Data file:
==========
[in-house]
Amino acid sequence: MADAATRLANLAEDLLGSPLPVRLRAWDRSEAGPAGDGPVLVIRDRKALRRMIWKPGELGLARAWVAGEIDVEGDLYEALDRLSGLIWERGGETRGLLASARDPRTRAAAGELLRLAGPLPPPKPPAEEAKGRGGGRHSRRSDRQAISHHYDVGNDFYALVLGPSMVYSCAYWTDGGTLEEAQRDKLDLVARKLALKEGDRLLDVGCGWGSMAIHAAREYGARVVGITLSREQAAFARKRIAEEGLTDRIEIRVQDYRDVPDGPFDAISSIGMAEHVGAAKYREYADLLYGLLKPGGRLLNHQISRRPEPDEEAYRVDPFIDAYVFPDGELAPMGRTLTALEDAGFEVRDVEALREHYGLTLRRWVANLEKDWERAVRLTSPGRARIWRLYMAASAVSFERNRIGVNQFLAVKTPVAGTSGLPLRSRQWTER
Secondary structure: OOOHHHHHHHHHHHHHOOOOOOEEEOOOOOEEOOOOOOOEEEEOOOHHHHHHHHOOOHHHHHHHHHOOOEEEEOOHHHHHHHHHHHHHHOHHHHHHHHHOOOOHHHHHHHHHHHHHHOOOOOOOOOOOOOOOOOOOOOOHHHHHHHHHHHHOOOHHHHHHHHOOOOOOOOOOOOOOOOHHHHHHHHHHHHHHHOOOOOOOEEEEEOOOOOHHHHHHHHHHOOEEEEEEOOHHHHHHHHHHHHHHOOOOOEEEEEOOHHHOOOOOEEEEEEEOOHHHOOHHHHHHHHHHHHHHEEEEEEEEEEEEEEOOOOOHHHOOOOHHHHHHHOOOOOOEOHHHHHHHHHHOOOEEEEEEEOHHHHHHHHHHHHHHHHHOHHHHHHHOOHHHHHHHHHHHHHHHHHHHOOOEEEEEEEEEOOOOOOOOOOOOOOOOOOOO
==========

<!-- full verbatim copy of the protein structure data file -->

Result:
[in-house]
Amino acid sequence: MADAATRLANLAEDLLGSPLPVRLRAWDRSEAGPAGDGPVLVIRDRKALRRMIWKPGELGLARAWVAGEIDVEGDLYEALDRLSGLIWERGGETRGLLASARDPRTRAAAGELLRLAGPLPPPKPPAEEAKGRGGGRHSRRSDRQAISHHYDVGNDFYALVLGPSMVYSCAYWTDGGTLEEAQRDKLDLVARKLALKEGDRLLDVGCGWGSMAIHAAREYGARVVGITLSREQAAFARKRIAEEGLTDRIEIRVQDYRDVPDGPFDAISSIGMAEHVGAAKYREYADLLYGLLKPGGRLLNHQISRRPEPDEEAYRVDPFIDAYVFPDGELAPMGRTLTALEDAGFEVRDVEALREHYGLTLRRWVANLEKDWERAVRLTSPGRARIWRLYMAASAVSFERNRIGVNQFLAVKTPVAGTSGLPLRSRQWTER
Secondary structure: OOOHHHHHHHHHHHHHOOOOOOEEEOOOOOEEOOOOOOOEEEEOOOHHHHHHHHOOOHHHHHHHHHOOOEEEEOOHHHHHHHHHHHHHHOHHHHHHHHHOOOOHHHHHHHHHHHHHHOOOOOOOOOOOOOOOOOOOOOOHHHHHHHHHHHHOOOHHHHHHHHOOOOOOOOOOOOOOOOHHHHHHHHHHHHHHHOOOOOOOEEEEEOOOOOHHHHHHHHHHOOEEEEEEOOHHHHHHHHHHHHHHOOOOOEEEEEOOHHHOOOOOEEEEEEEOOHHHOOHHHHHHHHHHHHHHEEEEEEEEEEEEEEOOOOOHHHOOOOHHHHHHHOOOOOOEOHHHHHHHHHHOOOEEEEEEEOHHHHHHHHHHHHHHHHHOHHHHHHHOOHHHHHHHHHHHHHHHHHHHOOOEEEEEEEEEOOOOOOOOOOOOOOOOOOOO